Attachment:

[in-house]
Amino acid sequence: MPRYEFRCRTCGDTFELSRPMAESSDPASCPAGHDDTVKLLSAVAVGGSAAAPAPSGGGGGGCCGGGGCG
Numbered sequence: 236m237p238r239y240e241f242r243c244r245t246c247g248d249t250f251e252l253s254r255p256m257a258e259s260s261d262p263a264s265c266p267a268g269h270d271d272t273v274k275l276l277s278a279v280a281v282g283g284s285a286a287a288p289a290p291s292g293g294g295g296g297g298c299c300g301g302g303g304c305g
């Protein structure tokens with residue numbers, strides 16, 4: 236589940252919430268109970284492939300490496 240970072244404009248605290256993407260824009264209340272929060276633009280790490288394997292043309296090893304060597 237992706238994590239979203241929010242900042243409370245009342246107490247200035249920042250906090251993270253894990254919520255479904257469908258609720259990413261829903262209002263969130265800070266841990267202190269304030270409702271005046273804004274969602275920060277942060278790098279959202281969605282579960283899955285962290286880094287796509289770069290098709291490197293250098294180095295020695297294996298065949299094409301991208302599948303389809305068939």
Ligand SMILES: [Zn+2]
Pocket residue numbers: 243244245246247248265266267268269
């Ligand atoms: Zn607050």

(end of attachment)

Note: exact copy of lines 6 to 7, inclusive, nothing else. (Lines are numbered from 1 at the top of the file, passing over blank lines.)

Pocket residue numbers: 243244245246247248265266267268269
């Ligand atoms: Zn607050």